Organic, Rankine, Waste, Heat, Zeotropic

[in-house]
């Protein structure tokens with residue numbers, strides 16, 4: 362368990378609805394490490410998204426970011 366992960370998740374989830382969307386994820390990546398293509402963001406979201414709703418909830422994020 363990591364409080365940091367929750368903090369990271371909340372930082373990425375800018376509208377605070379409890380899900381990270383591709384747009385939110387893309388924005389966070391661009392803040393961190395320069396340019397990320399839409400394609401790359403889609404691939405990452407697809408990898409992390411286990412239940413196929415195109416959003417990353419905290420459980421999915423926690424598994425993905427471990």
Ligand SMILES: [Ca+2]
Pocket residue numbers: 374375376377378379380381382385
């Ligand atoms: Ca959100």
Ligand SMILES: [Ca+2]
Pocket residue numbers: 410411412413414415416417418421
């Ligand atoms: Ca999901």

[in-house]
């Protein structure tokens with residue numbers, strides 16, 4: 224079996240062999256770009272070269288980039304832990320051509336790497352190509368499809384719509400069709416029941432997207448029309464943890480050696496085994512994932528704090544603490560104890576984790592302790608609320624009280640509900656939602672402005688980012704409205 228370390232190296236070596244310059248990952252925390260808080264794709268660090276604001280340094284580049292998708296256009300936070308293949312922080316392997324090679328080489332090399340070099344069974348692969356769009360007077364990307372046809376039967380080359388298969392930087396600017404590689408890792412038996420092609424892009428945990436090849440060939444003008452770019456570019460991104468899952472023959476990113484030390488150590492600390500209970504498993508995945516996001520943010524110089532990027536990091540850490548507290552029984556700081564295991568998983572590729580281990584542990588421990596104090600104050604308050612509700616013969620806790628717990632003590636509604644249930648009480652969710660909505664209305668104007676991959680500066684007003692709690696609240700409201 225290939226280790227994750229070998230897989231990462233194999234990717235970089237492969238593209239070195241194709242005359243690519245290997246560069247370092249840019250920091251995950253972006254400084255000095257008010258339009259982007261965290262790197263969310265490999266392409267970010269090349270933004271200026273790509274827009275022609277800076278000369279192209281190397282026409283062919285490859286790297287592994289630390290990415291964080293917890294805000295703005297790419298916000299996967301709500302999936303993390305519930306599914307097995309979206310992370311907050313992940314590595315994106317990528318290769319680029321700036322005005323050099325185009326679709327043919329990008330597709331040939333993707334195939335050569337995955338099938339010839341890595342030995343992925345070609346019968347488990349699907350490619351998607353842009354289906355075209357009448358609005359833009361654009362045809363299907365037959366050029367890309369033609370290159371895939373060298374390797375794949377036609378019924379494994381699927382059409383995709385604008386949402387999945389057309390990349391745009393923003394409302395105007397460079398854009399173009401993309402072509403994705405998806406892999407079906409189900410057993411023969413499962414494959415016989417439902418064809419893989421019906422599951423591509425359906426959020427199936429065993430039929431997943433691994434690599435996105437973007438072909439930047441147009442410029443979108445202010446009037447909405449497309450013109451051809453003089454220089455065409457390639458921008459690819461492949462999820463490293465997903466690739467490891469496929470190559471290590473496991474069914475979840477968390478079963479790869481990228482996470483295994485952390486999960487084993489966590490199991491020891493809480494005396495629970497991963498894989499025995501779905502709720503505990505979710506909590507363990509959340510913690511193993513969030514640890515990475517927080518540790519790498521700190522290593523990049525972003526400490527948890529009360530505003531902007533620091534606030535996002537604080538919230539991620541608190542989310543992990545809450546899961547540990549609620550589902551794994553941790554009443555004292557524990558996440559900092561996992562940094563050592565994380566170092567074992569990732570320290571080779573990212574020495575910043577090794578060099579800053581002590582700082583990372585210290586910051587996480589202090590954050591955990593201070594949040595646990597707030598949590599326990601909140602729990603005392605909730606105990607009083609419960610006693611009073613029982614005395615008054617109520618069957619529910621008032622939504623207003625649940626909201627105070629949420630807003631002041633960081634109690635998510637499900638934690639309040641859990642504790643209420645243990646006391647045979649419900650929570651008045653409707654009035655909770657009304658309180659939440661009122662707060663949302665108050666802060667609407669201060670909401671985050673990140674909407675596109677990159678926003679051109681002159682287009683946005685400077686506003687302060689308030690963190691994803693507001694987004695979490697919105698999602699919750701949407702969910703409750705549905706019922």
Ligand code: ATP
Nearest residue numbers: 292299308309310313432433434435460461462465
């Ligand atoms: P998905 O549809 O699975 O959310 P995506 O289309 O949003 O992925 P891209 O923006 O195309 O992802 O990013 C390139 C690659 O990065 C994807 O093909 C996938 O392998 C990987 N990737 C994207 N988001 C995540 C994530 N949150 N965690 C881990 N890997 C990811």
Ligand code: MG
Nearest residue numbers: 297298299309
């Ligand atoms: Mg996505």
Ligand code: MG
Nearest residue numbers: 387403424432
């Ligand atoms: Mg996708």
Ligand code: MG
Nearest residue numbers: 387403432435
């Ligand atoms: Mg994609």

An organic Rankine cycle (ORC) is a thermodynamic cycle that is particularly well-suited for waste heat recovery. It is generally employed for waste heat with temperatures in the range of 80 °C – 300 °C. When the application is strictly to convert waste heat into work with no restrictions on heat source exit temperature, thermal efficiency is not as relevant as other aspects of the cycle performance. In such an application, maximization of net power may be the objective rather than maximization of thermal efficiency. An air-cooled ORC for waste-heat conversion is studied in the present work. Two alternative cycle configurations which could increase the net power produced from a heat source with a given temperature and flow rate are proposed and analyzed. These cycle configurations are: • An ORC with two-phase flash expansion • An ORC with a zeotropic working fluid mixture (ZRC) A simplified ORC model is introduced which calculates the pinch point in the heat exchangers based on a specified minimum temperature difference. This model is used to assess the merits of each cycle configuration with respect to a baseline ORC when the finite capacity of the heat source and heat sink fluids is considered. The finite capacity of the heat sink fluid is incorporated into the model in terms of a condenser fan power requirement. Of all working fluids studied for the baseline ORC, R134a and R245fa result in the highest net power. The ORC with two-phase flash expansion offers the most improvement over the baseline cycle provided the expander can handle two-phase flow at the same isentropic efficiency as in the baseline case. Relative improvements are highest at low source temperatures. The maximum increase in net power is 84% over the baseline ORC when water is the working fluid at a source temperature of 80 °C. At low source temperatures, the improvements decrease with increasing condenser fan power requirements. The improvements of the ZRC are also higher for low heat source temperatures. The ZRC shows improvement between 20% and 40% over the baseline as long as the condenser fan power is not negligible. At the highest estimated condenser fan power, the ZRC shows up to 92% improvement at a source temperature of 100 °C, while the ORC with flash expansion is no longer beneficial. This work represents a first step toward identifying a more optimal ORC configuration for waste heat recovery. Other data, including experimental validation, operating experience, and economic analysis particular to an application will be required to support a final recommendation.